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The Friday Speed Read
Every week, The Friday Speed Read holds a small festival in a westcountry field to which it invites the biggest news stories to play an hour’s set in front of crowd high on Nitrous Oxide; they are then forced against their will to give an interview to Fearne Cotton.
We’re going to come straight to the point: the Friday Speed Read “hot” desk is not a happy place this morning. And yes, you can point a twitchy finger to the sky all you and shout “Look! Just look! You’ve been bleating on about endless rain in a series of quips of diminishing quality for weeks and now that the sun’s finally out, and what? You’re going to take the contrary view to the rest of the country and linger in the trench of misery that’s become your default position?”
In a word: yes. Or in more than a word: yes we are for the following reasons. We don’t have a ticket for Glastonbury and right now our chakra could do with a bit of dance to some low-fi indie (plus cider) in front of one of the more obscure stages; our nose is so riddled with hay-feverish slime that Hugh Fernley-Whittingtall is making an angry documentary about the unsustainable amount of tissue waste we’re creating AND Boris Johnson is going to be our next Prime Minister. Because he is, isn’t he?
We do try to retain at least the pretence of impartiality when wrangling this column into some sort of shape on a Friday morning but today, after the week just gone, we’re not up to the herculean reserves of effort required. So, if you’re a Boris Johnson lover (or one of Boris Johnson’s lovers) you might want to find another satirical column to half-read on a Friday afternoon because we’re feeling punchy (and a bit drowsy).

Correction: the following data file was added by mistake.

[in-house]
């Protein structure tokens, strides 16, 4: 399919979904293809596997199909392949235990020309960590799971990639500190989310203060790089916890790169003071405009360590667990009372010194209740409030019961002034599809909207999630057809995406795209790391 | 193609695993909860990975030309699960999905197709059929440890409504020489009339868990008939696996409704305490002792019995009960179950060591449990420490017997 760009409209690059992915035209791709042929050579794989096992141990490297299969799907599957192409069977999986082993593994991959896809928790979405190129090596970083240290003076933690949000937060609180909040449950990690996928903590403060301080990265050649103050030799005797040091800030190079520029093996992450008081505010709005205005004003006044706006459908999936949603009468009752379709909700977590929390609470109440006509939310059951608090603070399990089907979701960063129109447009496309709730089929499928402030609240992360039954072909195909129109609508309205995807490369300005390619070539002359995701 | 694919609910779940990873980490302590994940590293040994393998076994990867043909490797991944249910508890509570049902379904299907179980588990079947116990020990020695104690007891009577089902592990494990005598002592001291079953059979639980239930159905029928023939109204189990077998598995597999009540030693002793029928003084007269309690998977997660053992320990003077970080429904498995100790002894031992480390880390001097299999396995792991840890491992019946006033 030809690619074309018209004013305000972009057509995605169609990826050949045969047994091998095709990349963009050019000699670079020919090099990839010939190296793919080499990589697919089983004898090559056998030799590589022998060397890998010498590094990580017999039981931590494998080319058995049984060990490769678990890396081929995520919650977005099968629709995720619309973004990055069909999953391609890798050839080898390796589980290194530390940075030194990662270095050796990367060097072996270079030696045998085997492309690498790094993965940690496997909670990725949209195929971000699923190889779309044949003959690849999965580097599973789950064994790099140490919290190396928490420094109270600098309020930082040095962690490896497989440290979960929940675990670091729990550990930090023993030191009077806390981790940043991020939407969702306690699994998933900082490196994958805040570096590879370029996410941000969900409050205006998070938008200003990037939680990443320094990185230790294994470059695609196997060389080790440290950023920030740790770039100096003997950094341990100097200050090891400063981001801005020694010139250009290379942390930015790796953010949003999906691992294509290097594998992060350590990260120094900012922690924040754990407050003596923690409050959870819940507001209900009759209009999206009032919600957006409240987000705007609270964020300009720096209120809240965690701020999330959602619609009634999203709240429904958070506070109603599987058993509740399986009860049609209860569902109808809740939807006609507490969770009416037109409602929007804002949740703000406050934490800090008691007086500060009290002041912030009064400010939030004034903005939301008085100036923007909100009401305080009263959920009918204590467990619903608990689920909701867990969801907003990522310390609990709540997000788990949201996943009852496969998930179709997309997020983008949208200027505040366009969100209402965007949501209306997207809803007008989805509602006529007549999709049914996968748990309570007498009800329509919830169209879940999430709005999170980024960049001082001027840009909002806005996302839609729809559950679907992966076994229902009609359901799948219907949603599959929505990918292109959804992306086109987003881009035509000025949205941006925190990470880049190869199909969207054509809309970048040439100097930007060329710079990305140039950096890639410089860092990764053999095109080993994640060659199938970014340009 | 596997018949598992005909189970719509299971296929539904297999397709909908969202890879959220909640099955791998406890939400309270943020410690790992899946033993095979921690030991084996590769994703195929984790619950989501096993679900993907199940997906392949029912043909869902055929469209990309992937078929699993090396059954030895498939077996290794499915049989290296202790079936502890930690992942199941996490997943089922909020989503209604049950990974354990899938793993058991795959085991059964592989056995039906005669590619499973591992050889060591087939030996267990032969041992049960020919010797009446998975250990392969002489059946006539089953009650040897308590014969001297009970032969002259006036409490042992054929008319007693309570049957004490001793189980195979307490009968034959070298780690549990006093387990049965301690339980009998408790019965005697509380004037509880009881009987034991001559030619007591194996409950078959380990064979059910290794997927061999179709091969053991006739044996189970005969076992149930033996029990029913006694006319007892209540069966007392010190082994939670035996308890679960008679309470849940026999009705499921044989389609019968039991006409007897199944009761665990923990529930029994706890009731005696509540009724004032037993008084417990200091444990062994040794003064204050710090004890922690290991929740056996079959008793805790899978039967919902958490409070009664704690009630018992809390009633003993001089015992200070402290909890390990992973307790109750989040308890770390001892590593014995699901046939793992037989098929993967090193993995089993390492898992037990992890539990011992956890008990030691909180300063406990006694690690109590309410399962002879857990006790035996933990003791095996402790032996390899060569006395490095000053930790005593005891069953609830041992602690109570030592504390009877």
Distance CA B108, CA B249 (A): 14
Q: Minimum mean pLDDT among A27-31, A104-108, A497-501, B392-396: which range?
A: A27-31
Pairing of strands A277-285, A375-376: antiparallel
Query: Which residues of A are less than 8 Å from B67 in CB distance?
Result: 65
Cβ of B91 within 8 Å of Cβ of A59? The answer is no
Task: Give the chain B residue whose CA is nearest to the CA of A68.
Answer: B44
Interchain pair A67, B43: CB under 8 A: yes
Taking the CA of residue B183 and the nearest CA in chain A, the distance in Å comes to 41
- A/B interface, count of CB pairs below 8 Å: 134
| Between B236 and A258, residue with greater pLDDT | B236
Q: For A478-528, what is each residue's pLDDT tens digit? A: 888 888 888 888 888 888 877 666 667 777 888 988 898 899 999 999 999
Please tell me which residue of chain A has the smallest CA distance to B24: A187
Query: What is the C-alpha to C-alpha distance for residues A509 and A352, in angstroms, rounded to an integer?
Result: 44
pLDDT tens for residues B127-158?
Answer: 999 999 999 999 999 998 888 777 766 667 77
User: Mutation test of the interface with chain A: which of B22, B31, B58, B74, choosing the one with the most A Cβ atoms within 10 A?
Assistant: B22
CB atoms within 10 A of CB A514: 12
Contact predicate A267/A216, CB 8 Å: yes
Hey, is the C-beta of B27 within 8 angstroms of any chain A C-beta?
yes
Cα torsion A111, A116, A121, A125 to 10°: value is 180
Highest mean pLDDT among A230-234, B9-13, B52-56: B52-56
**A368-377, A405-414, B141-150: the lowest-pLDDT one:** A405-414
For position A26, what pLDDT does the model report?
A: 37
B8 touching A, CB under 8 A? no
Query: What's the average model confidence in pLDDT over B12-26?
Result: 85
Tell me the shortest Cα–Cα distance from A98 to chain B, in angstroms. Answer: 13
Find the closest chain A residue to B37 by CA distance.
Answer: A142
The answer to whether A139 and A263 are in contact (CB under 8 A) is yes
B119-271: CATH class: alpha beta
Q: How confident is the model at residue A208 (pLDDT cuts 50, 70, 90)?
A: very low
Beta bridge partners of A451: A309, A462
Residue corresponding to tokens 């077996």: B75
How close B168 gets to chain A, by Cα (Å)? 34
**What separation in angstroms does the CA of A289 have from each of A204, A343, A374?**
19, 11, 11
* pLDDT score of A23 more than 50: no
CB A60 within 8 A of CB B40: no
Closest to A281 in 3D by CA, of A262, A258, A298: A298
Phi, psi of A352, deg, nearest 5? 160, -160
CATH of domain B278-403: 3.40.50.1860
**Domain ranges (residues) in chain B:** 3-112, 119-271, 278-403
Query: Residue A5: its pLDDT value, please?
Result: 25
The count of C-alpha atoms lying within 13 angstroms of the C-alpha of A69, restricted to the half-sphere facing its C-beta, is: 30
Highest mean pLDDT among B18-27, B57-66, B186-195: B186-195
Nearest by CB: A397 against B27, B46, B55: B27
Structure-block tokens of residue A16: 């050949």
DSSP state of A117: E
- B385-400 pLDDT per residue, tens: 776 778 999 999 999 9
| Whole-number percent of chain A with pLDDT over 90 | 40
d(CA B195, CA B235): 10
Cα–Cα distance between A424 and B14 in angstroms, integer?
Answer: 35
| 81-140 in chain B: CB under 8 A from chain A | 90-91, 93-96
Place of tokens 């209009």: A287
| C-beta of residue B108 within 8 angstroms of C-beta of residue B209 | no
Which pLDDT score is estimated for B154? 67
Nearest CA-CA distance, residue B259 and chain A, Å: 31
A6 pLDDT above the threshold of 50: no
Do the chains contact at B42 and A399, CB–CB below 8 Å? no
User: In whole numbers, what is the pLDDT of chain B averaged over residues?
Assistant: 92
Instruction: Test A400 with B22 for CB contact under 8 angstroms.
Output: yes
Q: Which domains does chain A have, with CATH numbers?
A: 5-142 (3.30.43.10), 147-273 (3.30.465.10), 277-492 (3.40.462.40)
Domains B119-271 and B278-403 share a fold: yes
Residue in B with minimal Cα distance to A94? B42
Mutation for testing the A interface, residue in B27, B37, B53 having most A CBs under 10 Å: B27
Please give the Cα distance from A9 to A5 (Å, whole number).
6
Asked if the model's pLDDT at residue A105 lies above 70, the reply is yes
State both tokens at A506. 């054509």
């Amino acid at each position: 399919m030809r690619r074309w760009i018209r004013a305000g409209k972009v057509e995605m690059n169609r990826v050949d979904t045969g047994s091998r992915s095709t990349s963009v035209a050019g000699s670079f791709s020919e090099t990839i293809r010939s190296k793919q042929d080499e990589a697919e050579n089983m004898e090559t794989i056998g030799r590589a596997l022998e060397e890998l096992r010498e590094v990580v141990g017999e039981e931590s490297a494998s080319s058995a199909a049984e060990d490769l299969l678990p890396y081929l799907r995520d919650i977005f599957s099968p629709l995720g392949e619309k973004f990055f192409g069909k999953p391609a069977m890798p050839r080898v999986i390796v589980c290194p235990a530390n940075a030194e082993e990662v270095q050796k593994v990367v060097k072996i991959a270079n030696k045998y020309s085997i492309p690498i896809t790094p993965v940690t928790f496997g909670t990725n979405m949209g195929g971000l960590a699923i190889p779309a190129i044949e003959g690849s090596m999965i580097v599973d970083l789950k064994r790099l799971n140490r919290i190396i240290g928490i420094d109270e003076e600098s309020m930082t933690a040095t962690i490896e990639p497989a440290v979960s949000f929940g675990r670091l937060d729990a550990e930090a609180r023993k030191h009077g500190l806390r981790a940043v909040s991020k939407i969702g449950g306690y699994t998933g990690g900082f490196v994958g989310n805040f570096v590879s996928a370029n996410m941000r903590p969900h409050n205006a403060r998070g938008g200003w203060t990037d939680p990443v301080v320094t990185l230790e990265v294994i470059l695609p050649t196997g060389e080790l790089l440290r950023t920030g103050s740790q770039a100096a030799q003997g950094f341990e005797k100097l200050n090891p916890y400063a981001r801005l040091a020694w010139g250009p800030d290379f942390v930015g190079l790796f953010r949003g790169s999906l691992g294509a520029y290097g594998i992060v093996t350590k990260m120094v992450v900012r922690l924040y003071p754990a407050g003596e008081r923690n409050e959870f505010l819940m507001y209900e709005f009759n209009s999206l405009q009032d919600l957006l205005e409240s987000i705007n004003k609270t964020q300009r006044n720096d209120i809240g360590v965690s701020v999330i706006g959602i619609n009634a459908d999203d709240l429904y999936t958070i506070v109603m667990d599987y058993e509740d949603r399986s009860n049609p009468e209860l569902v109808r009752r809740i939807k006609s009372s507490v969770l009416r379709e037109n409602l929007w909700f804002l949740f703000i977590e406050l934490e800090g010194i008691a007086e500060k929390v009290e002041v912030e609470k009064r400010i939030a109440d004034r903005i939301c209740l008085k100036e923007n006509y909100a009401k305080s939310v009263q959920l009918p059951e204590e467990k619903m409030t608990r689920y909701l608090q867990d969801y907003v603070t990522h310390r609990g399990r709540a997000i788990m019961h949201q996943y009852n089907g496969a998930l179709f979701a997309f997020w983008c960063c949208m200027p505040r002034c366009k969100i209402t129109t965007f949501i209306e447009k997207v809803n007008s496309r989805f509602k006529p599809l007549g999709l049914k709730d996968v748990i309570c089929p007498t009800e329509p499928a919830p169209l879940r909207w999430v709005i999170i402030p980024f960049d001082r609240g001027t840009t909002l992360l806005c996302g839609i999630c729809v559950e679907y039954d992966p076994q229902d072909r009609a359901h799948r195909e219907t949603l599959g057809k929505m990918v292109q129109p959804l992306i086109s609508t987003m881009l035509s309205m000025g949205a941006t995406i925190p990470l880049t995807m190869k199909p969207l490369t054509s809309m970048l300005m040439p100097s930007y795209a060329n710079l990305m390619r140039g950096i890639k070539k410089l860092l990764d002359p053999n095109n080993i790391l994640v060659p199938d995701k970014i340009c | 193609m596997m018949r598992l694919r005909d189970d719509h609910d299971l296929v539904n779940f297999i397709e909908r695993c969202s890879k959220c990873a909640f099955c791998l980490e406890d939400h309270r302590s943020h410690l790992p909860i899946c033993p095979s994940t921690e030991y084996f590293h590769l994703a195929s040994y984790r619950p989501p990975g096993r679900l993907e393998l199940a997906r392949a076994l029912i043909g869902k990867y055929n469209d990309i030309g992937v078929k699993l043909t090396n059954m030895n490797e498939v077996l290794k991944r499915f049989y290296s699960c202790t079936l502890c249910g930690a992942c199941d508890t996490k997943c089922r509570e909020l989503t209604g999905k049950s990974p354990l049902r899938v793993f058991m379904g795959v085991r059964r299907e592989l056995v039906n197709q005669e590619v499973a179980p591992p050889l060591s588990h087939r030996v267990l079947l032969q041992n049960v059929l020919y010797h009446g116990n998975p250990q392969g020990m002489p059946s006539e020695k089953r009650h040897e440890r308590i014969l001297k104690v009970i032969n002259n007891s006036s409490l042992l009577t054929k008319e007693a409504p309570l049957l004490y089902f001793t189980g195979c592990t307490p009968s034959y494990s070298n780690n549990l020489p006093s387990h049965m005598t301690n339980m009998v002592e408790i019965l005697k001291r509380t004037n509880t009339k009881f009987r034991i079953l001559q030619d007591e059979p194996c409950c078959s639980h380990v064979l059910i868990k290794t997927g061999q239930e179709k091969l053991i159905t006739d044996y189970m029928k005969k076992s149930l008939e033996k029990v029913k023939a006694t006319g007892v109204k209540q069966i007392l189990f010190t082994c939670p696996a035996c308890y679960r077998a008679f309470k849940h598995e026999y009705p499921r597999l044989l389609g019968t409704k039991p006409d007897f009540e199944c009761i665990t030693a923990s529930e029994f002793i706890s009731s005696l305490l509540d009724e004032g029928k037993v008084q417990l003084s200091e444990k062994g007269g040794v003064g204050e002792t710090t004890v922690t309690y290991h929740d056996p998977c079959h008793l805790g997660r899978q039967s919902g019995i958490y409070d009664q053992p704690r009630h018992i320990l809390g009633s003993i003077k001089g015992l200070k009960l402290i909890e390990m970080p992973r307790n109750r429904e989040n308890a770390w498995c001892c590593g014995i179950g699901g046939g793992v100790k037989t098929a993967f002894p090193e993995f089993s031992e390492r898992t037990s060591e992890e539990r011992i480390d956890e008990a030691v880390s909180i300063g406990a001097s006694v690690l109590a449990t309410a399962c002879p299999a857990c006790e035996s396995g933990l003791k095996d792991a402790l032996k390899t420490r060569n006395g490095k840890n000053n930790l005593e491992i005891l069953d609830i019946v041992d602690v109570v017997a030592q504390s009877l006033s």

Last weekend, the British press . . . actually, you know all this.
Boris Johnson and Carrie Symonds had a barney, with raised voices and complaints about red wine stains on the sofa. The police were called; and then the Guardian was called and then the rest of the UK press high-fived each other and got to work on a series of front-page splashes. “Boris and Carrie 4 rows in 6 weeks” – The Sun, among many others that are too wearisome to list.
Mr Johnson, finally removing the gaffe-preventing gaffer-tape (gaffe-tape?) that his minders had placed across his mouth at the beginning of his campaign, was asked multiple times about the incident with the sofa and the police. He responded to the questions with a well-rehearsed reply that he doesn’t talk about his personal life because, quite reasonably perhaps, it has nothing to do with politics. And then, Boris Johnson’s team made completely sure that we understood that his private life has nothing to do with politics by releasing a photograph of Johnson and Symonds holding hands across a picnic bench somewhere in a field in England; an image so staged it made the three-hundred-year rise of The Roman Empire look fleet-footed and spontaneous.